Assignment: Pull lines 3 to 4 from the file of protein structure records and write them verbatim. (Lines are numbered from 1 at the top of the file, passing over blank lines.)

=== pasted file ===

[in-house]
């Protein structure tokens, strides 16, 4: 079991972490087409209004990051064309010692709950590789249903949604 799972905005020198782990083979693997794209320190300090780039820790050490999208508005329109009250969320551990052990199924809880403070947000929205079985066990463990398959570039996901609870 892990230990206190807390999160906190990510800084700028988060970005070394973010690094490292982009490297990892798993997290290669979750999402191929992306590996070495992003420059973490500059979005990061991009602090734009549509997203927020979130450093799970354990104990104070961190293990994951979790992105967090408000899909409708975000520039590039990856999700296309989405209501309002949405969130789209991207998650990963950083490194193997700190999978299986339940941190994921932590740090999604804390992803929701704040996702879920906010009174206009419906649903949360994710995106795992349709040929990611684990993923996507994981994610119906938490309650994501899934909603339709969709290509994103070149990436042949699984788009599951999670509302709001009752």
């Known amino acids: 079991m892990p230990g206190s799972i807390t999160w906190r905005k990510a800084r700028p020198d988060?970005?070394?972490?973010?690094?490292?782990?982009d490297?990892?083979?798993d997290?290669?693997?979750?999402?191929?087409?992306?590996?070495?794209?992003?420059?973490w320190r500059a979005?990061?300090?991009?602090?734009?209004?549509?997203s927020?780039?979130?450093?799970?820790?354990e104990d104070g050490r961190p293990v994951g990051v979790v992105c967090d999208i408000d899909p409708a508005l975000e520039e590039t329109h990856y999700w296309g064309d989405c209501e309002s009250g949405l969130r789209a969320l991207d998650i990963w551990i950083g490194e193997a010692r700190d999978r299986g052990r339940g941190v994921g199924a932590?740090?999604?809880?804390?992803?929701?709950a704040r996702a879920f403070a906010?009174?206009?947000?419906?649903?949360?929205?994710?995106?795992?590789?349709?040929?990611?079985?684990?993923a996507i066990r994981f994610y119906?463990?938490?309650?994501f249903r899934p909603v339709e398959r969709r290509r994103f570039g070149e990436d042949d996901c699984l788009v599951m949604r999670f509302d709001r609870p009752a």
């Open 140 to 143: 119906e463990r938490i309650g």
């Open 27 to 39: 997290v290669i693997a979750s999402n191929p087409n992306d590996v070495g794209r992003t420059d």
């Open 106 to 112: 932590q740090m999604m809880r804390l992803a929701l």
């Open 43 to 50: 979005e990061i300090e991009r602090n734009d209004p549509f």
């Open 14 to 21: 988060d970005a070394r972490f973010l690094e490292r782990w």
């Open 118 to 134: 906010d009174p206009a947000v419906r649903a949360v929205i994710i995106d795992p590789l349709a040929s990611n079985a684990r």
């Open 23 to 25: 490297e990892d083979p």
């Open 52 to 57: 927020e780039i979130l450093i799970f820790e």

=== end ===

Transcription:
């Known amino acids: 079991m892990p230990g206190s799972i807390t999160w906190r905005k990510a800084r700028p020198d988060?970005?070394?972490?973010?690094?490292?782990?982009d490297?990892?083979?798993d997290?290669?693997?979750?999402?191929?087409?992306?590996?070495?794209?992003?420059?973490w320190r500059a979005?990061?300090?991009?602090?734009?209004?549509?997203s927020?780039?979130?450093?799970?820790?354990e104990d104070g050490r961190p293990v994951g990051v979790v992105c967090d999208i408000d899909p409708a508005l975000e520039e590039t329109h990856y999700w296309g064309d989405c209501e309002s009250g949405l969130r789209a969320l991207d998650i990963w551990i950083g490194e193997a010692r700190d999978r299986g052990r339940g941190v994921g199924a932590?740090?999604?809880?804390?992803?929701?709950a704040r996702a879920f403070a906010?009174?206009?947000?419906?649903?949360?929205?994710?995106?795992?590789?349709?040929?990611?079985?684990?993923a996507i066990r994981f994610y119906?463990?938490?309650?994501f249903r899934p909603v339709e398959r969709r290509r994103f570039g070149e990436d042949d996901c699984l788009v599951m949604r999670f509302d709001r609870p009752a």
């Open 140 to 143: 119906e463990r938490i309650g």